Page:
POLL: GOP voters more ‘passionate’ about voting in the midterm election

Democrats have a serious intensity problem heading into the final month of campaigning, according to a new poll of a dozen key House races.

The Hill/ANGA 2010 Midterm Election Poll confirms a strong trend this election season of Democrats being less enthusiastic about voting than are Republicans and dissatisfied independents.

Across those districts won by Democrats during President Obama’s wave election two years ago, 83 percent of Republicans said they are “very passionate” about voting this fall, while 68 percent of Democrats and 67 percent of independents say the same.

“Right now, there’s no doubt that Republicans are showing a high level of passion when it comes to turnout,” said pollster Mark Penn, who noted the gap between Republicans and Democrats shrinks when asked how likely they are to come out and vote this fall.

Overall, 91 percent of Republicans in the sample of likely voters said they “definitely will vote” this fall, compared to 85 percent of Democrats.

That response could be key to these freshman lawmakers’ reelection chances, for none of the endangered Democrats who represent the 12 districts polled has a lead over his or her Republican challenger. Many of the races are close enough that, with a more motivated Democratic base, the landscape for these members could be brighter.

The poll also measured a sizable intensity gap among likely voters aged 18 to 34, a key voting bloc that came out for Obama in 2008. Just 56 percent of young voters said they are “very passionate” about casting a ballot this fall. Another 38 percent described themselves as “somewhat passionate.” That’s the lowest level of intensity across any demographic group in The Hill/ANGA poll.

“The bottom line is that GOP voter intensity is high and the impact it has on turnout could be the determining factor in many of these races,” said Penn.

In some of the districts, the enthusiasm gulf is enormous.

In Arizona’s 1st District, Rep. Ann KirkpatrickAnn KirkpatrickGold Star father attacked by Trump steps up role in Dem primaries House Dems highlight promising new candidates Vulnerable House incumbents build up war chests MORE (D) trails Republican Paul GosarPaul Anthony GosarArizona GOP tinkers with election rules with an eye on McCain's seat Some doubt McCarthy or Scalise will ever lead House GOP GOP lawmakers demand Sessions investigate Clinton, Comey MORE by 7 percent, but there’s a gap of 36 points in intensity between Republicans and Democrats.

In that race, 96 percent of Republicans said they were “very passionate” about voting this fall, compared to 60 percent of Democrats who described themselves that way.

In other districts the intensity gap isn’t quite as drastic, but it generally favors the GOP.

In Rep. Betsy Markey’s (D-Colo.) district, 69 percent of Democrats are “very passionate” about voting, compared to 80 percent of Republicans.

In Rep. Mary Jo Kilroy’s (D) Ohio district, the intensity split is 78-65 in favor of the GOP.

In Rep. Kathy Dahlkemper’s (D) Pennsylvania district, the gap is 75-59 in favor of Republicans.

In most of the 12 districts surveyed, Democrats and independent voters exhibit similar levels of intensity. But in Rep. Debbie Halvorson’s (D-Ill.) district, independent voters are more passionate about voting this fall than Democrats, by nine points. Just 63 percent of Democrats in the Illinois district are “very passionate” about heading to the polls, compared to 72 percent of independents and 81 percent of Republicans.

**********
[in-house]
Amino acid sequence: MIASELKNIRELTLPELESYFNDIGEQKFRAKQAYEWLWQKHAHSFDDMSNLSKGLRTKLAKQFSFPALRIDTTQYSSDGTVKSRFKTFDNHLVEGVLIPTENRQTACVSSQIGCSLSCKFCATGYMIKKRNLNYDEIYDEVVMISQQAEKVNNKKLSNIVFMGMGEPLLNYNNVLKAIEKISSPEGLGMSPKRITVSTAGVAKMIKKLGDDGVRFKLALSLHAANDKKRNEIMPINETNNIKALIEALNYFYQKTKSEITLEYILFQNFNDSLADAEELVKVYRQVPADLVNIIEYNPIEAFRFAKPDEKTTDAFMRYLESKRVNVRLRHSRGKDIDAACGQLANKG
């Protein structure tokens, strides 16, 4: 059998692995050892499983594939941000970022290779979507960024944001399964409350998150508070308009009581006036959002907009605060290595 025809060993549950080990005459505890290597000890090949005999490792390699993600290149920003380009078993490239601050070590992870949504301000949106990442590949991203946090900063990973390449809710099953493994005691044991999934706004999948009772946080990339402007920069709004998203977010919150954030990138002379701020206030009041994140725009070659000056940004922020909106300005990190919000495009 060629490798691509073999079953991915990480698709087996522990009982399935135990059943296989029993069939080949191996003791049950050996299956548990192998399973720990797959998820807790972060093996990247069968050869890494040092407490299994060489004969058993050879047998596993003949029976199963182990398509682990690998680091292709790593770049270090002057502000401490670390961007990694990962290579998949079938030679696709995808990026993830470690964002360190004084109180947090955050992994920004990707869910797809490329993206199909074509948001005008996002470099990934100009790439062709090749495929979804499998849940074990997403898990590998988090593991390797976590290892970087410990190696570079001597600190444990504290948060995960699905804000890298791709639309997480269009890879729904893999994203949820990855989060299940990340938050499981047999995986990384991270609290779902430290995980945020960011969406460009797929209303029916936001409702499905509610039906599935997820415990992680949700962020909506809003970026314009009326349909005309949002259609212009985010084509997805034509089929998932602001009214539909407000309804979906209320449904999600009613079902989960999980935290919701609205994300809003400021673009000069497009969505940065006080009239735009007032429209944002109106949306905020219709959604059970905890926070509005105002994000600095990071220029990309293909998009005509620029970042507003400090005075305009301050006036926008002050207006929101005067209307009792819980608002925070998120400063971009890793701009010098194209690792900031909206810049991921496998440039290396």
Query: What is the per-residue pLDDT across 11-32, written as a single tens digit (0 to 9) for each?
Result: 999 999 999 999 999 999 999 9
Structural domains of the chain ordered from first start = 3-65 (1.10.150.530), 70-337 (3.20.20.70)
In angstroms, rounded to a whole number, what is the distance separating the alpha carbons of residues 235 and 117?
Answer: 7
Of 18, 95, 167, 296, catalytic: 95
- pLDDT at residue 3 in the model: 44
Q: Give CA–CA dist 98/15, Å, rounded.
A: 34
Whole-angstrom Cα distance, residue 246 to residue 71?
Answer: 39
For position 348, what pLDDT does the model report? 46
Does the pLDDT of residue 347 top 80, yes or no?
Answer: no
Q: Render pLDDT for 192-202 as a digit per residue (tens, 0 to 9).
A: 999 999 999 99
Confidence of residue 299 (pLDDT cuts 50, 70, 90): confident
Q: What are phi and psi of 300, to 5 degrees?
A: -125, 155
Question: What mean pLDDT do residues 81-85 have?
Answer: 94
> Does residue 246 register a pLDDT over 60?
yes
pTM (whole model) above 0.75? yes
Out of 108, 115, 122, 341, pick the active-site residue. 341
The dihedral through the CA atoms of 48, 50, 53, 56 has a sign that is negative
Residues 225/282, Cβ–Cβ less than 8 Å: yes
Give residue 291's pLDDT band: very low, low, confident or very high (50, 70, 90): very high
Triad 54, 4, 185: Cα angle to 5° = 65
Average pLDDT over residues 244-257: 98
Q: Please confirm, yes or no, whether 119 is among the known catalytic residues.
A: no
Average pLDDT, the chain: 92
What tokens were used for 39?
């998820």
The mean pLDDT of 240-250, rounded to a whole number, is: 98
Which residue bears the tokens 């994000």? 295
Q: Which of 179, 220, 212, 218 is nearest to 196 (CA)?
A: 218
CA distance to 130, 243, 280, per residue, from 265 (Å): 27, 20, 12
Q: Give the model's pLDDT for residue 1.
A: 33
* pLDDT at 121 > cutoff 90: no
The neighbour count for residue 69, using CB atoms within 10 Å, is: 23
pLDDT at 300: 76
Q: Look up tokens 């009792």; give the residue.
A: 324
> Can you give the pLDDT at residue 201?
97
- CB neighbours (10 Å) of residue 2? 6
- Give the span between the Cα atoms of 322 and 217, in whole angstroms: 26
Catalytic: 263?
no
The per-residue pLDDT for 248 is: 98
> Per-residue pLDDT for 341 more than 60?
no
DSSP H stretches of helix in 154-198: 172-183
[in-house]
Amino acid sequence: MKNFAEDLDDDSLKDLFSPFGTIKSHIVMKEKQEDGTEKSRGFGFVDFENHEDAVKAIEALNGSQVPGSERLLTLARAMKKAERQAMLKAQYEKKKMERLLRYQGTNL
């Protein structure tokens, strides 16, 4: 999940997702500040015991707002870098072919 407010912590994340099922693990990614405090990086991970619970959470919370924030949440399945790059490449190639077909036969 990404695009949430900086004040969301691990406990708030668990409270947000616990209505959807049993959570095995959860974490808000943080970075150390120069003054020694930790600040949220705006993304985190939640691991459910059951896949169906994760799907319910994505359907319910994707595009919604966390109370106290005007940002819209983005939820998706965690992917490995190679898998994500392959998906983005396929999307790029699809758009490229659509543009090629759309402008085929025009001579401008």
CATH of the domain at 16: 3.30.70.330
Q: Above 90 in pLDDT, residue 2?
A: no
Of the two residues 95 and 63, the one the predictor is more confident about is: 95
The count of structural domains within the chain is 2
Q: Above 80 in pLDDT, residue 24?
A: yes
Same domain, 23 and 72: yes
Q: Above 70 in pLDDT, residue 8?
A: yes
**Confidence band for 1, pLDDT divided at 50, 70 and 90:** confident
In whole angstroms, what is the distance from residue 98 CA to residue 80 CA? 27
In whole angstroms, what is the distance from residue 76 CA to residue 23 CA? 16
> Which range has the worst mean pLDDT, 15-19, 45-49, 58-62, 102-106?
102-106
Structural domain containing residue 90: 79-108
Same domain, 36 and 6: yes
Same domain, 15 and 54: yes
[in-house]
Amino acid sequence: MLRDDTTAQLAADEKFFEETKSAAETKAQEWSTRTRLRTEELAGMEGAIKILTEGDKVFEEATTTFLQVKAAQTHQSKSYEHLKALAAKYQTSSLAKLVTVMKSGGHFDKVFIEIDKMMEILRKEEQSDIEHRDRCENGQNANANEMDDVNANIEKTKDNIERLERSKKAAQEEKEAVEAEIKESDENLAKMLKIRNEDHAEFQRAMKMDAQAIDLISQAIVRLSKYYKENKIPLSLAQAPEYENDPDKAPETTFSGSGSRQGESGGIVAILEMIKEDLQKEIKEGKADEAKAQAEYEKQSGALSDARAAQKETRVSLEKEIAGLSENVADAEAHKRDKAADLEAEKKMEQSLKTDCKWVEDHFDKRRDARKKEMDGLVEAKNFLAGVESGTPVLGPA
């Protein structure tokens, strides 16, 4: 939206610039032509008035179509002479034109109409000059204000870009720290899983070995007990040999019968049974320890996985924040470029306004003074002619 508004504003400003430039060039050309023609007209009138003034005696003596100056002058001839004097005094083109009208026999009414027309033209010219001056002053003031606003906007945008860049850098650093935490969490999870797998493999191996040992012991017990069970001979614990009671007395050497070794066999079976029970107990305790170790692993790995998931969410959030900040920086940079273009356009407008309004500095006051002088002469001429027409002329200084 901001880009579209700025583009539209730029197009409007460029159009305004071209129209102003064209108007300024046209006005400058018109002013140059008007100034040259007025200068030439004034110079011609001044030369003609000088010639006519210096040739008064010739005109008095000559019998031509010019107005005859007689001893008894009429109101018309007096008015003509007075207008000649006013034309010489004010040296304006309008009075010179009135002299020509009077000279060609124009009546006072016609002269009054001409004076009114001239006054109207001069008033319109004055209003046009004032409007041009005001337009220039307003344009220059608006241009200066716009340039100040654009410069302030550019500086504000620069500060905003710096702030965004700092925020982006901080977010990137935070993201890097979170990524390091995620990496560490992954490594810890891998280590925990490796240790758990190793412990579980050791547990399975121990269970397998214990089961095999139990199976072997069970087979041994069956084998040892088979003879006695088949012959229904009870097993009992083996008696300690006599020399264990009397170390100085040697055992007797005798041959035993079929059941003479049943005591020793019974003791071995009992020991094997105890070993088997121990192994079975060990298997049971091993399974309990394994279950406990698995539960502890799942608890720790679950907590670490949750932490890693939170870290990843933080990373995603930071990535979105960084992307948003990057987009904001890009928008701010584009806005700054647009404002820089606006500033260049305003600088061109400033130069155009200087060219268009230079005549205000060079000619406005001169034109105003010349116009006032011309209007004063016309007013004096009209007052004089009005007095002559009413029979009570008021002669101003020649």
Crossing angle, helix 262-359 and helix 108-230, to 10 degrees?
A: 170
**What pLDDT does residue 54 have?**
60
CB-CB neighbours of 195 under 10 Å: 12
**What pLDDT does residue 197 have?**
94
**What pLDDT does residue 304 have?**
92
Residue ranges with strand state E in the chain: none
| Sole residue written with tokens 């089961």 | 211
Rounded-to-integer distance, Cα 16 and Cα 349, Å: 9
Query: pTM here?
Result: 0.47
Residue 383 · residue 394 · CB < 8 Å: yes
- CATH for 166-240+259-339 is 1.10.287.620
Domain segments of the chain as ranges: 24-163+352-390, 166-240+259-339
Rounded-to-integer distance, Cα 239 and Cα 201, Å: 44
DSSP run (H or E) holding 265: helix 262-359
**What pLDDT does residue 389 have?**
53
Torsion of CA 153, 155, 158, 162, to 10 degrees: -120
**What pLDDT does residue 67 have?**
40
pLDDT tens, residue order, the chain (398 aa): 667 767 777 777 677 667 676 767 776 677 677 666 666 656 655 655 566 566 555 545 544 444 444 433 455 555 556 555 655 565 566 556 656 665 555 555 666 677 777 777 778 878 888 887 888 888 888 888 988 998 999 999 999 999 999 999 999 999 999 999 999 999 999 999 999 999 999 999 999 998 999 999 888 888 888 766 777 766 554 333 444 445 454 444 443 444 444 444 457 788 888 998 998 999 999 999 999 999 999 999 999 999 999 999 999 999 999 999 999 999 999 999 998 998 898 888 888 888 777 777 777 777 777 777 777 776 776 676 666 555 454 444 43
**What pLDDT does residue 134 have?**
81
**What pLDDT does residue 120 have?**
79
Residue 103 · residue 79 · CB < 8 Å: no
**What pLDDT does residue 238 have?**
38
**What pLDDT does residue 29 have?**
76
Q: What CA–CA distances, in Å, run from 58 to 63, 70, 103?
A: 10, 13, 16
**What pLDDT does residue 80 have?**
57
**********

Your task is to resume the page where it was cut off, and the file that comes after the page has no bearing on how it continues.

One exception to the intensity gap appears to be Nevada’s 3rd District, where Rep. Dina Titus (D-Nev.) is a leading GOP target. Democrats in Titus’s district are as likely to turn out on Election Day as Republicans there.

In that race, 82 percent of Democrats said they are “very passionate” about voting in 2010, while 84 percent of Republicans said the same. Just 69 percent of independent voters described themselves that way.

Democratic strategists acknowledge the turnout dynamic in 2010 is among the most worrisome signs for the party’s midterm prospects. Since late spring, public polling has measured a large enthusiasm gap between Democrats and Republicans, but as the popularity of Congress and the president has taken a nosedive, that gap has become a gulf of more than 20 points in some polls.

It was on display during the primary season when 4 million more Republicans than Democrats voted in this year’s early contests.

Writing on the Huffington Post earlier this week, Organizing for America (OFA) Deputy National Director Jeremy Bird argued that the enthusiasm gap is “overblown” and talked up Democratic get-out-the-vote efforts across the country.

The Democratic National Committee has pledged to spend $50 million on voter turnout this fall, and OFA, the grassroots group that helped Obama win the White House, retains a presence in all 50 states.

Over the past week the party has argued that the enthusiasm gap is closing. On Sunday, the White House claimed steady progress. White House communications director Dan Pfeiffer said on a conference call with reporters, “We have seen, I think, that we are beginning to make up the enthusiasm gap. We are making progress every day.”

The Hill/ANGA 2010 Midterm
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About the poll

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Editorial: Knowing who will win

District by
district results

New Mexico